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Africa at risk due to extreme vaccine discrimination – report
Africa at Risk Due to Extreme Vaccine Discrimination – Report
The COVID-19 pandemic has brought the world to its knees, and Africa is no exception. The continent has been hit hard by the virus, with over 4.5 million confirmed cases and over 120,000 deaths. However, the situation is made worse by the extreme vaccine discrimination that is taking place.
According to a report by the People’s Vaccine Alliance, a coalition of organizations including Oxfam and Amnesty International, rich countries are hoarding vaccines, leaving poorer countries like those in Africa struggling to access them. The report states that just 10 countries have administered 75% of all COVID-19 vaccines, while over 130 countries have not received a single dose.
This extreme vaccine discrimination is putting Africa at risk. The continent is already facing a number of challenges in its fight against COVID-19, including weak health systems, poverty, and conflict. Without access to vaccines, the situation is likely to get worse.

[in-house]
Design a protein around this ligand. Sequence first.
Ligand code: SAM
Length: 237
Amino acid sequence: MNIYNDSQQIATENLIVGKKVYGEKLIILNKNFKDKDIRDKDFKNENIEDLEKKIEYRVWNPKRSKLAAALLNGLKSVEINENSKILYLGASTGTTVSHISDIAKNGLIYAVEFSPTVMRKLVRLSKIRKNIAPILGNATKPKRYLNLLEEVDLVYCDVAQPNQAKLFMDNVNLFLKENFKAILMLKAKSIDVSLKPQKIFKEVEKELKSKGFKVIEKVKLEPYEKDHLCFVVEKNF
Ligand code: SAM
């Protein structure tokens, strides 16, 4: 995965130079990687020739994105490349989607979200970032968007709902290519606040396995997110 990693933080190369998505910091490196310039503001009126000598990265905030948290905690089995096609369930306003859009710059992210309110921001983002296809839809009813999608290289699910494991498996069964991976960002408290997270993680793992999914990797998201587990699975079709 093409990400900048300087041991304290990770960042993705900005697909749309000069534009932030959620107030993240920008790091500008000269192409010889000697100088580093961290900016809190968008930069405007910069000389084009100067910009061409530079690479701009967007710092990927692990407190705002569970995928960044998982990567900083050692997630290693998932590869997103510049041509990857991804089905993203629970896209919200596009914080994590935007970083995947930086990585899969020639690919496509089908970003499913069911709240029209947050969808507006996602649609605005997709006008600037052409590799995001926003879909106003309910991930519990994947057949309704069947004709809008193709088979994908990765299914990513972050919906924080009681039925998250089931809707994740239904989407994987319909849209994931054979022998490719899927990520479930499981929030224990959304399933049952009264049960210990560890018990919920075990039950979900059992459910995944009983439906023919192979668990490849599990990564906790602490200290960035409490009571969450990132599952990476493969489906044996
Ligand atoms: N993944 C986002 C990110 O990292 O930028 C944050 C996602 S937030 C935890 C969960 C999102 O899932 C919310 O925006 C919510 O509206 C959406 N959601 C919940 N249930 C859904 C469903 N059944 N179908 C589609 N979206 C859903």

The report also highlights the fact that pharmaceutical companies are prioritizing profits over people. They are charging high prices for vaccines, making it difficult for poorer countries to afford them. This is despite the fact that many of these vaccines were developed with public funding.
The People’s Vaccine Alliance is calling for a number of actions to be taken to address this issue. These include:
– Pharmaceutical companies should share their technology and intellectual property to allow for the production of generic vaccines.
– Rich countries should stop hoarding vaccines and instead support the COVAX initiative, which aims to ensure equitable access to vaccines for all countries.
– Governments should invest in public health systems to ensure that they are able to respond to future pandemics.
It is clear that extreme vaccine discrimination is a major threat to Africa’s fight against COVID-19. The world must come together to ensure that vaccines are distributed fairly and that all countries have access to them. Failure to do so will not only put Africa at risk but also the rest of the world.